After 29 penalties and seven fistfights the game between the Boston Bruins and the New York Rangers was over. Bobby Orr had won it for the Bruins, scoring two goals early in the first period and then setting up Don Marcotte for the winning shot as the Bruins defeated the Rangers 3-2 last Sunday at Madison Square Garden and took an imposing three-games-to-one lead in their unholy war for the Stanley Cup. Twice during the game Orr had to go to the dressing room for treatment of his injured left knee. "We kept ice on it, wrapped tape around it and also put a pressure bandage on it," Trainer Dan Canney said. Now Orr sat on a bench, sipping ginger ale and wiping perspiration from his face.
"How's your knee?" someone asked.
"I feel fine, just fine," he answered. "There's nothing wrong with me." As Orr spoke Canney was wrapping another bandage around the knee.
The Rangers had come to bury Orr—but they left praising him. "He was playing hurt, real hurt, and it was so obvious," said Ranger Coach Emile Francis. "But he did the job and won the game for them." Perhaps Brad Park of the Rangers said it best: "I wish I was hurt like that."
May 14, 1972
Poor Park. No matter how well he plays the NHL's second-best defenseman cannot escape Orr's giant shadow. "Brad," his teammates tease, "you wear No. 2 now. Someday maybe you'll be good enough to wear No. 3, and if Orr retires before you do, well, maybe then you'll get to be No. 4."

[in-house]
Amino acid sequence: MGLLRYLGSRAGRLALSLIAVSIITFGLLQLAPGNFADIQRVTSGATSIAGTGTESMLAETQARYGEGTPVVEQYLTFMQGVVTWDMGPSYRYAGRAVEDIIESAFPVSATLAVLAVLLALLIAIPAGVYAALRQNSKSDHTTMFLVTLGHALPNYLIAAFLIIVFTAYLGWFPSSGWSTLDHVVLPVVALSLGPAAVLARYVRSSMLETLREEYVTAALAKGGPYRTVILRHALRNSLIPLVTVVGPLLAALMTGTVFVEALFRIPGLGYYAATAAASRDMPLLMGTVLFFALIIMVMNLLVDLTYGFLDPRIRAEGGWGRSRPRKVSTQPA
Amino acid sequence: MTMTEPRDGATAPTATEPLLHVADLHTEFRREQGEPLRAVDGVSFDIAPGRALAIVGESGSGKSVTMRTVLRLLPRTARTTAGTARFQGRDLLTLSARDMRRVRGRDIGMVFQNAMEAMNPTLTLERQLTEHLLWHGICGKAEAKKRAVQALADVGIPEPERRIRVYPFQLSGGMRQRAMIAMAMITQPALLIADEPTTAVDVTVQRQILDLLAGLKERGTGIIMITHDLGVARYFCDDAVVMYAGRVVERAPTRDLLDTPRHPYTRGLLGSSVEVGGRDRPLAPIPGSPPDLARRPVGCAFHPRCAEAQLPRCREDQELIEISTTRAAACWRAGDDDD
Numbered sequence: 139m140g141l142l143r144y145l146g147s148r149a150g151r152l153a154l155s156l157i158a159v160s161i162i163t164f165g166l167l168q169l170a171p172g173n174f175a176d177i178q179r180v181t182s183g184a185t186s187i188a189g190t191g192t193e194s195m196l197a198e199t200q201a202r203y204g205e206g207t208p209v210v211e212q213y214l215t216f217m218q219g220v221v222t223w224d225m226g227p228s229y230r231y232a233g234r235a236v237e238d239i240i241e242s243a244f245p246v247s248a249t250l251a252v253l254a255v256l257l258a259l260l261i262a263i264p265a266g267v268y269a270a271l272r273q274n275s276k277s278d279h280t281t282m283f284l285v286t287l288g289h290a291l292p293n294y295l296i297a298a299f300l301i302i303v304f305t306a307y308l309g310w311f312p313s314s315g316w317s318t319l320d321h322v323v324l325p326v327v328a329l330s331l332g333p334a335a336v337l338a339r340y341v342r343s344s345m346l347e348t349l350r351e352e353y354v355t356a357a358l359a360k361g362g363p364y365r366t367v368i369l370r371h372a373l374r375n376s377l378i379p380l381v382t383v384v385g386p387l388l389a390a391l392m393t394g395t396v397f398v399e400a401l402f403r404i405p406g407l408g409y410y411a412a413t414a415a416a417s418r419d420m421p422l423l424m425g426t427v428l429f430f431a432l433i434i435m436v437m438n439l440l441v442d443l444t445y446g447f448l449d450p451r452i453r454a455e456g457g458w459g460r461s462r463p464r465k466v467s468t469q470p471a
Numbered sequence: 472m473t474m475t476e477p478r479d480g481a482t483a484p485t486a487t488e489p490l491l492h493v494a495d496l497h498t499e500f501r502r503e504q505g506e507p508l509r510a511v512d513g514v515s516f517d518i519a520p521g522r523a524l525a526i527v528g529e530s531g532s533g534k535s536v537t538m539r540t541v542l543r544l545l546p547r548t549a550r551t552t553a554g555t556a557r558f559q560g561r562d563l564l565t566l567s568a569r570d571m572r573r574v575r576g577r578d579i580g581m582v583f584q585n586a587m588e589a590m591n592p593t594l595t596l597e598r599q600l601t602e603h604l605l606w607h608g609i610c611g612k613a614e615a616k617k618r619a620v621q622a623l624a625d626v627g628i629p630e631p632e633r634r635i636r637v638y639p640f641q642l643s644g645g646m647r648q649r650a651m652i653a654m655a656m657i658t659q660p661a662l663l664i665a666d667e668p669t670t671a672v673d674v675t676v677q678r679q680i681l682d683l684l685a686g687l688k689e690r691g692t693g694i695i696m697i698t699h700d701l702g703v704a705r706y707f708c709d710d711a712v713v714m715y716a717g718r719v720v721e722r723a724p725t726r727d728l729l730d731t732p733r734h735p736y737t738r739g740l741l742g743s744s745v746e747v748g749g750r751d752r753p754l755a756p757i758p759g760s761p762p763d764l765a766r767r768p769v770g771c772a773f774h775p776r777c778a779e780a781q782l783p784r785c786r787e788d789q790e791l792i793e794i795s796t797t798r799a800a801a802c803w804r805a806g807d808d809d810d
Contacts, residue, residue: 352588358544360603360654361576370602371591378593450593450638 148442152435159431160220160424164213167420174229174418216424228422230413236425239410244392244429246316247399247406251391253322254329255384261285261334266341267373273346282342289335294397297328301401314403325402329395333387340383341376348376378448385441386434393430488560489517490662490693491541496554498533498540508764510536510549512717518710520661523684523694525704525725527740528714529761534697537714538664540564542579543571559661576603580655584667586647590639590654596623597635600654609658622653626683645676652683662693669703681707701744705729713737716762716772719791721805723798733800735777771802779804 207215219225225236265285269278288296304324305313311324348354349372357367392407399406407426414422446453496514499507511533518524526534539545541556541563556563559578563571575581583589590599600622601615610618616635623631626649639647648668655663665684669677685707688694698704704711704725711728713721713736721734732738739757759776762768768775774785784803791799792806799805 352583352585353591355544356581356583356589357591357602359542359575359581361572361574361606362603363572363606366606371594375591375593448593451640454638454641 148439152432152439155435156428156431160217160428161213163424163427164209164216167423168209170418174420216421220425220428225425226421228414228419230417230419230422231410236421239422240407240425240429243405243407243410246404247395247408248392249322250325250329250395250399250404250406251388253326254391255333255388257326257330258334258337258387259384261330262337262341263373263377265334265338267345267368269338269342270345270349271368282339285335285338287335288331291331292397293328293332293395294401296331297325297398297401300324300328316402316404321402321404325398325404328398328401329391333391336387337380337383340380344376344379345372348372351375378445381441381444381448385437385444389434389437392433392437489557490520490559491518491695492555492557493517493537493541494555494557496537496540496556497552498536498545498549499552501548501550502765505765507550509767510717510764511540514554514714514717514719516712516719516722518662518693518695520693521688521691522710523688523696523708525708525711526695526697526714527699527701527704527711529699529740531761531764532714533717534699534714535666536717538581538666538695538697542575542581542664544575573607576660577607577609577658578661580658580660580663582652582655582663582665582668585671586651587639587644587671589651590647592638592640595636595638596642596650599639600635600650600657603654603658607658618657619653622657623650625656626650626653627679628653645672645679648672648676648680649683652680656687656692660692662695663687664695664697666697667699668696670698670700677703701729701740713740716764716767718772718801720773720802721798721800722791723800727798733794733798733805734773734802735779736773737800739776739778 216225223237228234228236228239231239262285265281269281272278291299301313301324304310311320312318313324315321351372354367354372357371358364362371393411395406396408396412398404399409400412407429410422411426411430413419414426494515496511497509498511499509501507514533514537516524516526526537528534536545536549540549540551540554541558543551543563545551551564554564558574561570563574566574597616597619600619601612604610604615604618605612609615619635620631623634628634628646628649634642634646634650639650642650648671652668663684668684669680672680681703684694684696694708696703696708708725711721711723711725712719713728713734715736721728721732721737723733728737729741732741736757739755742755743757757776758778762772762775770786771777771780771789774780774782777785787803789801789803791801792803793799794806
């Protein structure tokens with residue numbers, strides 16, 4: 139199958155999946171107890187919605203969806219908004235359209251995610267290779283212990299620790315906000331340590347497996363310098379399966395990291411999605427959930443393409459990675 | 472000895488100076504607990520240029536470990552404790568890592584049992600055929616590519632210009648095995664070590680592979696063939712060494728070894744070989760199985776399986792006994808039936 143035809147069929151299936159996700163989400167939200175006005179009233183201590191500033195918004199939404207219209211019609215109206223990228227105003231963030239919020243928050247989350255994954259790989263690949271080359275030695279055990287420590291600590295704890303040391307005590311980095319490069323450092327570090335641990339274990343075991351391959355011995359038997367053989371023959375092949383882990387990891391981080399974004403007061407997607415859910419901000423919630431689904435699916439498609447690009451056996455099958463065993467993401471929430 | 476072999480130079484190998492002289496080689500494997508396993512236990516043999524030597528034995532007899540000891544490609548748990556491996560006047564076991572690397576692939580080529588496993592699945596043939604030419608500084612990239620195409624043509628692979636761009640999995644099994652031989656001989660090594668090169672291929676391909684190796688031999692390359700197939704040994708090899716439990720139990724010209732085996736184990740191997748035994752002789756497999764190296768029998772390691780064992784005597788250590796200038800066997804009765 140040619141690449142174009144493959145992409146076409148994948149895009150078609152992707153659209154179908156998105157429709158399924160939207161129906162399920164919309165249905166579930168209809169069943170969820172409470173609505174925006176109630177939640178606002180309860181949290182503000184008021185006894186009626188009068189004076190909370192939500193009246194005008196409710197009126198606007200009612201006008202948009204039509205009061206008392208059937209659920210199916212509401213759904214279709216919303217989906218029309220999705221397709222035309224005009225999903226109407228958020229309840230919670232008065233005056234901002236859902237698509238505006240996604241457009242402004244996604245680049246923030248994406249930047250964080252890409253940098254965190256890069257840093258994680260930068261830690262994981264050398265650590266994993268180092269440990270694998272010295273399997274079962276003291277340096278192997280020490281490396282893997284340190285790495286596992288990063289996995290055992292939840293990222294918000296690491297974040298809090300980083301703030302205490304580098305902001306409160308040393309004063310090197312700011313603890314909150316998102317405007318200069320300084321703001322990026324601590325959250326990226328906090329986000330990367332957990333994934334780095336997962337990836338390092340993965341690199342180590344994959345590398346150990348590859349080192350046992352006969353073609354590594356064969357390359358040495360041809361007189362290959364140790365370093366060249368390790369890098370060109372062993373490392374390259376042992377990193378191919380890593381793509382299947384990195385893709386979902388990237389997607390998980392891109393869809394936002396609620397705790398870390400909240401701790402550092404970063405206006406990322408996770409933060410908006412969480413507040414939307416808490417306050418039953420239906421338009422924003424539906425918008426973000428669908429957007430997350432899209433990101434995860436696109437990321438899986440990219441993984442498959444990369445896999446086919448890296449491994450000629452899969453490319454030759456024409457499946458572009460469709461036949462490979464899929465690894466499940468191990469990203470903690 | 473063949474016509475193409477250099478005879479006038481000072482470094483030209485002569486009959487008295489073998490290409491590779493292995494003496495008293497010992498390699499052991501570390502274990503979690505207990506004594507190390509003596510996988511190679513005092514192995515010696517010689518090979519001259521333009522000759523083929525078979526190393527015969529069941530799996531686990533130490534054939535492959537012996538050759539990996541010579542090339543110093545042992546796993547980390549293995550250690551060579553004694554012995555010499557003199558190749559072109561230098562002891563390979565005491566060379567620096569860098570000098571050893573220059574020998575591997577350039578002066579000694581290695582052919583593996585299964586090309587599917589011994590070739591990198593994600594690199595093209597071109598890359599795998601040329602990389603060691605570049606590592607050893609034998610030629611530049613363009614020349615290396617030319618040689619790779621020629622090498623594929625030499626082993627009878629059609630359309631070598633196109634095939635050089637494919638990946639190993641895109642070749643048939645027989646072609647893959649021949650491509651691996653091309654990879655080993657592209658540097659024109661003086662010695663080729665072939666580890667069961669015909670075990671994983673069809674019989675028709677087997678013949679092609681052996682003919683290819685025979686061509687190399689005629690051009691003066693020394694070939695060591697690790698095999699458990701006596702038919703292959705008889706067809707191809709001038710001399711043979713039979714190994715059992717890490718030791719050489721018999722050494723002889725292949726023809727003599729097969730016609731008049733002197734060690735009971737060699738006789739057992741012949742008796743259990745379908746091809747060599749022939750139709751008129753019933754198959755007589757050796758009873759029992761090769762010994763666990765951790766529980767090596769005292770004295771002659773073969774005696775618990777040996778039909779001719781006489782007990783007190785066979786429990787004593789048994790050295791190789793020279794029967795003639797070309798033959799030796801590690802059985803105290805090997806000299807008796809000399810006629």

Unfortunately for the Rangers, Park frequently has played his worst hockey against Orr and the Bruins. In 75 games this season he seined 24 goals and 49 assists for 73 points. However, in his six games against Orr and Boston, he got no goals and only one assist. This pattern continued into the playoffs while the Rangers were losing the first two games in the Boston Garden. In the first Park allowed Garnet (Ace) Bailey, a reserve center, to skate around him and beat Eddie Giacomin for the winning goal late in the third period. In the second game he repeatedly mishandled the puck as the Rangers failed to convert any of their seven power-play chances and ultimately lost 2-1.
It was thanks mostly to Park, however, that the Great Boston Hex cracked quite abruptly in the third game, a contest played in Madison Square Garden amid a hail of transistor batteries, cigarette lighters, 50¢ pieces, beer cans (empty), shaving cans (filled), bags of cashew nuts ("very tasty," said Boston Goaltender Gerry Cheevers, who stopped one sack with the back of his neck) and rolls of pink toilet paper. The fans, relentless Boston haters, were aiming the missiles at the Bruins and cheering happily as Park revived the Rangers and led them to a 5-2 victory.
"As much as I hate to admit it," Phil Esposito said afterward, "Park was the difference." Park won it in the first 13 minutes of the first period. Three times he produced goals on the Ranger power play, scoring two himself and setting up Rod Gilbert for a third when his dead-on blast from 30 feet left Cheevers in no position to stop Gilbert on the rebound. Perhaps more important, though, Park also helped destroy the Boston power play three times—an assault that has been the most destructive force in hockey—when Orr, Esposito and friends had opportunities to take immediate command of the game and the series.
"When you have that many chances early in a game and don't take advantage of them," Orr said, "it's pretty difficult to stay charged up the rest of the way. And it's worse when the other team scores three straight goals on its power play."